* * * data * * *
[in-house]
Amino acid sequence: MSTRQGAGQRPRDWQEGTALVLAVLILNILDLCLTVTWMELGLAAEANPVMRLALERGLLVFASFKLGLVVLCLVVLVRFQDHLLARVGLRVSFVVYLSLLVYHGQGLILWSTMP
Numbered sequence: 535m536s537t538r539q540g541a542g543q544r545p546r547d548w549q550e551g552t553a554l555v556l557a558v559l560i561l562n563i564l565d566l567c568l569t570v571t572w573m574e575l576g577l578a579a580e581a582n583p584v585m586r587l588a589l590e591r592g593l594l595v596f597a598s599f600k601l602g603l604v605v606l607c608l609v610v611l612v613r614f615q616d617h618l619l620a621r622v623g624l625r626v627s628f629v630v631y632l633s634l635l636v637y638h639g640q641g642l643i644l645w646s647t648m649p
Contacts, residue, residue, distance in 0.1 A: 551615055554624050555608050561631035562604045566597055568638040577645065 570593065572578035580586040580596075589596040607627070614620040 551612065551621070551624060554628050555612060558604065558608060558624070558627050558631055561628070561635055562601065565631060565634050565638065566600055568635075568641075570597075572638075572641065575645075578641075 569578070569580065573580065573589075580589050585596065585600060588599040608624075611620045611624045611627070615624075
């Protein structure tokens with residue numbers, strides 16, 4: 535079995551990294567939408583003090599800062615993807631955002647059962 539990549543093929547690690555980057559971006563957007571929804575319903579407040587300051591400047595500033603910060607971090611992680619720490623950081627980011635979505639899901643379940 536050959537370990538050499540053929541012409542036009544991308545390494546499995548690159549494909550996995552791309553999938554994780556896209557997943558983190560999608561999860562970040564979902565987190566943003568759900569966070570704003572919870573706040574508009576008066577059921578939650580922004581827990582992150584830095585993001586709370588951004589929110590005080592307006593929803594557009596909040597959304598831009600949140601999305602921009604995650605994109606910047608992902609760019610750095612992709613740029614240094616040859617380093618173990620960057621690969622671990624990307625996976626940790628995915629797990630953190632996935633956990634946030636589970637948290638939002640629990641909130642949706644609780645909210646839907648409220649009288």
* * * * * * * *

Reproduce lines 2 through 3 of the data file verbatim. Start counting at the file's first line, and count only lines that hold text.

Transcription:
Amino acid sequence: MSTRQGAGQRPRDWQEGTALVLAVLILNILDLCLTVTWMELGLAAEANPVMRLALERGLLVFASFKLGLVVLCLVVLVRFQDHLLARVGLRVSFVVYLSLLVYHGQGLILWSTMP
Numbered sequence: 535m536s537t538r539q540g541a542g543q544r545p546r547d548w549q550e551g552t553a554l555v556l557a558v559l560i561l562n563i564l565d566l567c568l569t570v571t572w573m574e575l576g577l578a579a580e581a582n583p584v585m586r587l588a589l590e591r592g593l594l595v596f597a598s599f600k601l602g603l604v605v606l607c608l609v610v611l612v613r614f615q616d617h618l619l620a621r622v623g624l625r626v627s628f629v630v631y632l633s634l635l636v637y638h639g640q641g642l643i644l645w646s647t648m649p